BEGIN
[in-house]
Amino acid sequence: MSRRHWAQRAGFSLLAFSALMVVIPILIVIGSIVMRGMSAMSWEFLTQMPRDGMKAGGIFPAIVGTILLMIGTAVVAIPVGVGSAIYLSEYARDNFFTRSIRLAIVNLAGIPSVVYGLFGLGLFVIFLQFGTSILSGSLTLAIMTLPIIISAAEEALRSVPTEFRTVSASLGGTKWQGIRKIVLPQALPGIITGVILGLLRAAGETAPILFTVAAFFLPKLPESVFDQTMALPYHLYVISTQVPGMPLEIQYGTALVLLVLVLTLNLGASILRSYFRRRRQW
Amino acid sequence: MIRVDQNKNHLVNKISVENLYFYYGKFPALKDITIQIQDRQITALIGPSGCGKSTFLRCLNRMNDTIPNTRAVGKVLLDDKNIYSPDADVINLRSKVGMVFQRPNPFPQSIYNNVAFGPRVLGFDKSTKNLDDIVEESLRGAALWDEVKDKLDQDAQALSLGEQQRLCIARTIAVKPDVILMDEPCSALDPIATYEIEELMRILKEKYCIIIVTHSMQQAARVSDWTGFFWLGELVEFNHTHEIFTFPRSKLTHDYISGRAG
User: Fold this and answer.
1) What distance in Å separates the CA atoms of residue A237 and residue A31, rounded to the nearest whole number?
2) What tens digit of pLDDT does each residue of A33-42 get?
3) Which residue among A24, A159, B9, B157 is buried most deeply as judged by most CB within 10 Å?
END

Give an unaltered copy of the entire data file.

[in-house]
Amino acid sequence: MSRRHWAQRAGFSLLAFSALMVVIPILIVIGSIVMRGMSAMSWEFLTQMPRDGMKAGGIFPAIVGTILLMIGTAVVAIPVGVGSAIYLSEYARDNFFTRSIRLAIVNLAGIPSVVYGLFGLGLFVIFLQFGTSILSGSLTLAIMTLPIIISAAEEALRSVPTEFRTVSASLGGTKWQGIRKIVLPQALPGIITGVILGLLRAAGETAPILFTVAAFFLPKLPESVFDQTMALPYHLYVISTQVPGMPLEIQYGTALVLLVLVLTLNLGASILRSYFRRRRQW
Amino acid sequence: MIRVDQNKNHLVNKISVENLYFYYGKFPALKDITIQIQDRQITALIGPSGCGKSTFLRCLNRMNDTIPNTRAVGKVLLDDKNIYSPDADVINLRSKVGMVFQRPNPFPQSIYNNVAFGPRVLGFDKSTKNLDDIVEESLRGAALWDEVKDKLDQDAQALSLGEQQRLCIARTIAVKPDVILMDEPCSALDPIATYEIEELMRILKEKYCIIIVTHSMQQAARVSDWTGFFWLGELVEFNHTHEIFTFPRSKLTHDYISGRAG
User: Fold this and answer.
1) What distance in Å separates the CA atoms of residue A237 and residue A31, rounded to the nearest whole number?
2) What tens digit of pLDDT does each residue of A33-42 get?
3) Which residue among A24, A159, B9, B157 is buried most deeply as judged by most CB within 10 Å?